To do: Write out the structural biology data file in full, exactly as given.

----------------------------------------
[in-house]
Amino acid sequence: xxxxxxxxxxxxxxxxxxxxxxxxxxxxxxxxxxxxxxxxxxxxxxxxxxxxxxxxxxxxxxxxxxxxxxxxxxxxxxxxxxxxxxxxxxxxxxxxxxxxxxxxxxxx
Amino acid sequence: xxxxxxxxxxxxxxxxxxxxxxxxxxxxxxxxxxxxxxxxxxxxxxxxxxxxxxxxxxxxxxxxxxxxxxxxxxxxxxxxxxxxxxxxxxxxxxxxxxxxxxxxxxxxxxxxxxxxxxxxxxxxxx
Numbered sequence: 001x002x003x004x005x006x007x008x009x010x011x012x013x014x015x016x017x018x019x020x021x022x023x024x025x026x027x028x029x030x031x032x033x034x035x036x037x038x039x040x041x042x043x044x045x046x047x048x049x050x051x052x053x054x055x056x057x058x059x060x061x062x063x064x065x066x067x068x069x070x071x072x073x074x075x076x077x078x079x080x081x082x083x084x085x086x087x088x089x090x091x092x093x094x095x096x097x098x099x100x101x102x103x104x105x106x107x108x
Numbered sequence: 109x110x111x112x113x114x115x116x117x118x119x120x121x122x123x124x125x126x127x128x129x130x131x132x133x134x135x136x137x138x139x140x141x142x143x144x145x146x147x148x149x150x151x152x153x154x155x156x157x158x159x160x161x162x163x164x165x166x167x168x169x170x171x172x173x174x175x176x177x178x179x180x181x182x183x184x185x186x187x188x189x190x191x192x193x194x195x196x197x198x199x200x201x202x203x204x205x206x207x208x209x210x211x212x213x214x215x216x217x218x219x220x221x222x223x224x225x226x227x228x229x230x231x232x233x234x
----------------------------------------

[in-house]
Amino acid sequence: xxxxxxxxxxxxxxxxxxxxxxxxxxxxxxxxxxxxxxxxxxxxxxxxxxxxxxxxxxxxxxxxxxxxxxxxxxxxxxxxxxxxxxxxxxxxxxxxxxxxxxxxxxxx
Amino acid sequence: xxxxxxxxxxxxxxxxxxxxxxxxxxxxxxxxxxxxxxxxxxxxxxxxxxxxxxxxxxxxxxxxxxxxxxxxxxxxxxxxxxxxxxxxxxxxxxxxxxxxxxxxxxxxxxxxxxxxxxxxxxxxxx
Numbered sequence: 001x002x003x004x005x006x007x008x009x010x011x012x013x014x015x016x017x018x019x020x021x022x023x024x025x026x027x028x029x030x031x032x033x034x035x036x037x038x039x040x041x042x043x044x045x046x047x048x049x050x051x052x053x054x055x056x057x058x059x060x061x062x063x064x065x066x067x068x069x070x071x072x073x074x075x076x077x078x079x080x081x082x083x084x085x086x087x088x089x090x091x092x093x094x095x096x097x098x099x100x101x102x103x104x105x106x107x108x
Numbered sequence: 109x110x111x112x113x114x115x116x117x118x119x120x121x122x123x124x125x126x127x128x129x130x131x132x133x134x135x136x137x138x139x140x141x142x143x144x145x146x147x148x149x150x151x152x153x154x155x156x157x158x159x160x161x162x163x164x165x166x167x168x169x170x171x172x173x174x175x176x177x178x179x180x181x182x183x184x185x186x187x188x189x190x191x192x193x194x195x196x197x198x199x200x201x202x203x204x205x206x207x208x209x210x211x212x213x214x215x216x217x218x219x220x221x222x223x224x225x226x227x228x229x230x231x232x233x234x